Scholastic, $3.99, ISBN 0-590-93477-5
That Dracula’s canine creature on the cover is Fifi, your family poodle. That’s right, Please Don’t Feed the Vampire! may see Fifi turning into a vampire dog and give rise to a pack of canine vampires terrorizing the neighborhood, but that’s just one of the possible ways your campaign can turn out to be.
Let’s start at the beginning. You have ordered a Vampire in a Can special for Halloween – it contains all you need to dress up as a vampire, what with the cape, fangs, and even a removable tattoo of teeth marks. Unfortunately, as your BFF Gabe points out, the whole thing makes you look dorky. The fun begins when the two of you spot a packet containing what seems like blood at the bottom of the can. The packet has a “DANGER – KEEP AWAY!” label, so of course you feel the urge to tear the packet open with your teeth to see what the “blood” tastes like.
If you do that, oops, it’s blood that turns you into a vampire. If you opt to stay sane, Fifi shows up and bites into the packet, turning into a vampire poodle and running away. So there you go, into one of two different routes in this campaign to explore.
This one deserves lots of love for not being a traditional or lazy rehash of a typical vampire in town story. The vampire poodle arc, despite being spotlighted on the cover, is actually the shorter and arguably less interesting of the two arcs. The one where you become a vampire has far more interesting twists and turns – there is the usual fish out of water, learning to walk scenario, but you may end up finding yourself up against a cabal of ancient vampires, become framed for the murder of the kids in your neighborhood, or even embracing the joys of being an evil vampire often with cringe-overload results (sadly, you’re more school than cool). Interestingly, you can actually stumble upon good endings in which you live happily ever after as a vampire.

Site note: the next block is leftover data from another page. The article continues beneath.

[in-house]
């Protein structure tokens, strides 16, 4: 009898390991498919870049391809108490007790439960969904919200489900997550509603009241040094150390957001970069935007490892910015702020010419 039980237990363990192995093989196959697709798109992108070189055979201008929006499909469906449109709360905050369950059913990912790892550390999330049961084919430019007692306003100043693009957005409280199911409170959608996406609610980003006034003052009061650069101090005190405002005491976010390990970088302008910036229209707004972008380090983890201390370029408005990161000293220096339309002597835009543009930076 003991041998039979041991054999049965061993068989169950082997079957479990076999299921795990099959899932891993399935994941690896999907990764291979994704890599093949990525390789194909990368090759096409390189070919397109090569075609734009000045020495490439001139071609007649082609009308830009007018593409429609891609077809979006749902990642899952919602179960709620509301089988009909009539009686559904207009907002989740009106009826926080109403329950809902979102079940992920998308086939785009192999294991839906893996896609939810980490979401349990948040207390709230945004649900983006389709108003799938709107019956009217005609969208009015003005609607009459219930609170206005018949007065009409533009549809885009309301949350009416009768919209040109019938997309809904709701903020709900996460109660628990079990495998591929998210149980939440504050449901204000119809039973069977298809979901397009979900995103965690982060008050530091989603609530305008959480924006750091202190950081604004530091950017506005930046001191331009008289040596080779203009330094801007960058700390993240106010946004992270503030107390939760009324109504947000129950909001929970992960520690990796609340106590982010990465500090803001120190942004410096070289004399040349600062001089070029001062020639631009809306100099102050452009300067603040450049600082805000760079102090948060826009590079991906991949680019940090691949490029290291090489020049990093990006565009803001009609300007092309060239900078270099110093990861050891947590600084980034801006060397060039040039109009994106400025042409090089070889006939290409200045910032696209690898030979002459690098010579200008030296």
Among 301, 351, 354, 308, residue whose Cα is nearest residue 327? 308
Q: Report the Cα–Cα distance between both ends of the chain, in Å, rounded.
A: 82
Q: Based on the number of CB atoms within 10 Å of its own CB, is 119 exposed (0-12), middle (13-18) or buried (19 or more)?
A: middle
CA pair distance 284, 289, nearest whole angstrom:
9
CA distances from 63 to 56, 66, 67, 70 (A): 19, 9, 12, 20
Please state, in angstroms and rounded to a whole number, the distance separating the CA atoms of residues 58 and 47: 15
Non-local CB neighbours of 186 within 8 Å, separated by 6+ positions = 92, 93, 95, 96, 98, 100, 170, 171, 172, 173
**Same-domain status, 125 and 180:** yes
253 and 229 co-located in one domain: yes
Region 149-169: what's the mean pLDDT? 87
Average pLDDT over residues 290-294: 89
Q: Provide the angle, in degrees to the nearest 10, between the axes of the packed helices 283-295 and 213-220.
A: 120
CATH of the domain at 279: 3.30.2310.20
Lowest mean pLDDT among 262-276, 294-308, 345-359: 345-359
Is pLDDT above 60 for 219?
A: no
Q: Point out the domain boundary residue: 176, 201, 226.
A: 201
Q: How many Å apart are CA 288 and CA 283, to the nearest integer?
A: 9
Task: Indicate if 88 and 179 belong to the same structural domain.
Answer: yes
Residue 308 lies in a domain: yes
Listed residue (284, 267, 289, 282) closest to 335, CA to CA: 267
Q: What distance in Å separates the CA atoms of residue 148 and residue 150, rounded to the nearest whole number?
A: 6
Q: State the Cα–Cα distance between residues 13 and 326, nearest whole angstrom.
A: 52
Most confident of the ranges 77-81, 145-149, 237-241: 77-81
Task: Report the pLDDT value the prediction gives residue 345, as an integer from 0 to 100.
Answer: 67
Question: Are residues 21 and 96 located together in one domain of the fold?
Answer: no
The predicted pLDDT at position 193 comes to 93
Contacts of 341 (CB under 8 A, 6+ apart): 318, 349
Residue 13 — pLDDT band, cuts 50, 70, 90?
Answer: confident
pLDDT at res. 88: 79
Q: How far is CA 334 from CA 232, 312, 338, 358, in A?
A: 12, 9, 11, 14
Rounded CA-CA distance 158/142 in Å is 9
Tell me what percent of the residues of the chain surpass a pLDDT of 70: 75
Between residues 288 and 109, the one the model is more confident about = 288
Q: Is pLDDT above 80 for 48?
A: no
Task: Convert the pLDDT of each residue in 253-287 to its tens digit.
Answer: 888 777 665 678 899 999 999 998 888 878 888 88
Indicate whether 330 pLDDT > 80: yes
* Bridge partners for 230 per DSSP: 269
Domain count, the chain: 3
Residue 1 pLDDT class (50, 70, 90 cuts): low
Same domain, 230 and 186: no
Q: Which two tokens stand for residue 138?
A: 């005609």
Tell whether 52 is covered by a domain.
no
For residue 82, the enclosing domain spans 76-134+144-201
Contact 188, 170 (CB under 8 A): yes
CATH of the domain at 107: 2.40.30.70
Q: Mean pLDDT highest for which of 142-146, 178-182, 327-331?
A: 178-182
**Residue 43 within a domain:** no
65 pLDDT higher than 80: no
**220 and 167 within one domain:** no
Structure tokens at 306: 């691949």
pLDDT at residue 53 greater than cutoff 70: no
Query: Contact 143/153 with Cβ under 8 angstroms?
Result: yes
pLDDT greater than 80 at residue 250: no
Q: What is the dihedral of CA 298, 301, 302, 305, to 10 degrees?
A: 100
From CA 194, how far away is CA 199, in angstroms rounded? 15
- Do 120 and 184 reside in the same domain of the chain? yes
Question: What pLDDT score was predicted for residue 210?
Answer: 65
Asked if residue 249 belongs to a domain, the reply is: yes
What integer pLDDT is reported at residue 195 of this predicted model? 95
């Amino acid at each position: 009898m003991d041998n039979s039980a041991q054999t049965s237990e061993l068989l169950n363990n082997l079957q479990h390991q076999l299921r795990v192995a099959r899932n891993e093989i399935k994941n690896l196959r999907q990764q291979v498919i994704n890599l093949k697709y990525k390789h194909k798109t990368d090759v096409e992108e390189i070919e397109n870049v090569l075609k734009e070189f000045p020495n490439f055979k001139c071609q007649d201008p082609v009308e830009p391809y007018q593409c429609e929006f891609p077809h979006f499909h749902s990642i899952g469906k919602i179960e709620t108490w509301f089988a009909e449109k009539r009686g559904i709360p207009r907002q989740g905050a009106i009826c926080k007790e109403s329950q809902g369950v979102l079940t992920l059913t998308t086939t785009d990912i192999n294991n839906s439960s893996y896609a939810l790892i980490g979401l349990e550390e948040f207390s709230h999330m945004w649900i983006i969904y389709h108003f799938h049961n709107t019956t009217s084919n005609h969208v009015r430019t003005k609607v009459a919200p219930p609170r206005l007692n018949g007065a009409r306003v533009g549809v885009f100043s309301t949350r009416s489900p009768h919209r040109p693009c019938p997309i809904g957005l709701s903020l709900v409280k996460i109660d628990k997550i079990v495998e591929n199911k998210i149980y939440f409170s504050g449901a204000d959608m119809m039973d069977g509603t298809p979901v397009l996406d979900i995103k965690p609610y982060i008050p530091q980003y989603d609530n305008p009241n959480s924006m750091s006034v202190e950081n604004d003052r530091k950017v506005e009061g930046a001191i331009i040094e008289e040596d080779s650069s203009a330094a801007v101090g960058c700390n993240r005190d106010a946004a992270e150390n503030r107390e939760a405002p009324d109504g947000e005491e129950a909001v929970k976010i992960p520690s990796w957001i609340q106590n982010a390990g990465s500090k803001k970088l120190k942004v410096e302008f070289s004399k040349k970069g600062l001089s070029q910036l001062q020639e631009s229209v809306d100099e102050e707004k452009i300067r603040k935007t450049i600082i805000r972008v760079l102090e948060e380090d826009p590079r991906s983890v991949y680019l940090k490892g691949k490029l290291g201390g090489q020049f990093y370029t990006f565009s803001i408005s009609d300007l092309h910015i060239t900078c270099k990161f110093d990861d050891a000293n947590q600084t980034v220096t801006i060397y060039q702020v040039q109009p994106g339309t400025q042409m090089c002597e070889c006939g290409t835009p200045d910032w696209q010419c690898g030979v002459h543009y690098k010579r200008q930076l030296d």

Please Don’t Feed the Vampire! is a fun campaign, and it also lets you feel like a hero of your own story instead of just being dragged through LOL random choices. Your decisions feel like they matter most of the time. The twists and turns don’t feel too random; rather, they come off like well-planned elements in a coherent, entertaining story. The humor is pretty good too, with both homages as well as satirical jabs at common vampire tropes. Additionally, there are both menacing and goofy vampires here, sometimes co-existing, and the end result is fangoria fun instead of the messy chaos you may expect it to be.
On the down side, a few options are actually fake-outs – choosing them will see you getting scolded by RL Stine for doing so before the campaign comes to an abrupt close. This is a cheap and lazy kind of humor that feels out of place when compared to the rest of the campaign.
Nonetheless, this one remains a bloody joyride, and it also doesn’t come off as too predictable or lazy. It’s definitely one of the strongest gamebooks in the Give Yourself Goosebumps line, so it’s not too shocking to learn that it’s the only entry that has an official reissue from the publisher in 2015.